Tag: Science Communication

How to Stop the Clock

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Can we slow or even reverse ageing?

The good news is, slowing aging and gaining more than ten years is absolutely possible and doesn’t cost you anything except some discipline (yeah, I know, that’s the bad news here). However, to keep you reading, I’ll tell you a little later how that works. Whether it is possible to slow or even reverse aging is currently the topic of a lot of research.

But let’s start at the beginning. If you want to treat something, you first need to define it clearly. The most obvious definition for aging is chronological. However, changing the actual flow of time falls more into the realm of physics and is probably not very practical. What we want to influence is the biological age. To measure this, we use a lot of different methods, called “clocks,” and they work with blood parameters, heart rate variability, epigenetics, simple photos of your face, or other data. Clocks are all somewhat linked to chronological age but can generally tell you how one (or several) aspects of your biological age compare to the average person your age. So they tell you if you’re younger or older than you actually are.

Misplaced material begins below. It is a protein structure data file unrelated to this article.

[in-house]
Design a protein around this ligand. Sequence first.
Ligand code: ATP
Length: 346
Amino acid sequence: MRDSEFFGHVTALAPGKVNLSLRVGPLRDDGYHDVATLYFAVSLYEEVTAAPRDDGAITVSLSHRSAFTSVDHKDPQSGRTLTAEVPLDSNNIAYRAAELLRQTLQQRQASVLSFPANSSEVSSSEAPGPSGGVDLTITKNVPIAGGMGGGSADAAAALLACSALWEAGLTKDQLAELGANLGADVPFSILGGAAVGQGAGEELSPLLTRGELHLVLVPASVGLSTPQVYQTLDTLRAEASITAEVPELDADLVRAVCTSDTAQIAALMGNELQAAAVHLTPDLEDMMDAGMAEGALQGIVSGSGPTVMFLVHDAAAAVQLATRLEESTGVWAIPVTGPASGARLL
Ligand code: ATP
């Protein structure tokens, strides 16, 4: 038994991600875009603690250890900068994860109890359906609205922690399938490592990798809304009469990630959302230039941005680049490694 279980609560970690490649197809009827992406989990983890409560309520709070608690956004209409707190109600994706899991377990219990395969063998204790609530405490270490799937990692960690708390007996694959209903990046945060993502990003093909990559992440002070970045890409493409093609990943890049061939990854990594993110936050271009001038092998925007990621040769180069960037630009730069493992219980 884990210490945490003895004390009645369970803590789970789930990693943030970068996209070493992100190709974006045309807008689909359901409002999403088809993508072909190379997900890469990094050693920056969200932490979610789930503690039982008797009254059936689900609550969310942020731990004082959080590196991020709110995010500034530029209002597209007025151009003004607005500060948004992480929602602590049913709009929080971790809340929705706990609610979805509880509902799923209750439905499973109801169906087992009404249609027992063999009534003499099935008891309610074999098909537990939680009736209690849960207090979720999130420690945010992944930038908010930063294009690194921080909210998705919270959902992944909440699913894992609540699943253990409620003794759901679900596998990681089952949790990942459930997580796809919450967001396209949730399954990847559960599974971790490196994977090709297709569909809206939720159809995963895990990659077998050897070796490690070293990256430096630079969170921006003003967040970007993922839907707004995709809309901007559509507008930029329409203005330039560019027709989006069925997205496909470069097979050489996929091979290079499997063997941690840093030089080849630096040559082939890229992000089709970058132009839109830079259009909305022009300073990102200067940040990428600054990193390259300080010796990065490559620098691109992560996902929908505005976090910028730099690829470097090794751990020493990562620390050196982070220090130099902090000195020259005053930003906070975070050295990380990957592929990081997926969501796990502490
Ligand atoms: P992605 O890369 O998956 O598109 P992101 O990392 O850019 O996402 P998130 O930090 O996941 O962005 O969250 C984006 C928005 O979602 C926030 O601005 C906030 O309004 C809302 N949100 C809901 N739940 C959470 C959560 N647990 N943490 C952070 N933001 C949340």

The Hallmarks of Aging CC from Rebelo-Marques 2018

What is aging?

The specific unpleasant cellular effects of aging are summed up as the 9 Hallmarks of Aging that you see above. I won’t go into detail, but they are all interconnected and lead to what we recognize as aging, like wrinkles, grey hair, loss of muscle mass, frailty, dementia, decreasing bone density, and all the other stuff that you’re not keen on having.

Reading this list, you might already guess why treating aging might have other perks than just living longer. The biggest deal, not only for the individual but also for society, would be increasing the so-called healthspan. It can be argued that while in the last 100 years we have already more than doubled the average life span, the healthspan, the time lived in good health, hasn’t grown accordingly. Our current medicine has become very good at treating most of the countless ailments that old age brings; however, many are more managed than cured. So wouldn’t it be better (and cheaper, by the way) to treat the underlying cause of most illnesses instead of each of them at a time? The results of healthspan research could  revolutionize medicine and bring us from fixing what’s broken to preventing the breaking.

Lifestyle Interventions to Slow Aging

But how far along are we? Will we still get old like our grandparents? That depends. To cite one of the leading minds in this field of science, Professor David Sinclair: “It’s easy to expand your lifespan. […] If you do the right things, which is: Don’t overeat, eat less often during the day, do some exercise, don’t smoke, don’t drink! That alone gives you, compared to people who don’t do that, 14 extra years. So living longer isn’t hard, it just takes some discipline.” Well, I told you, it’s not too easy, but it’s doable.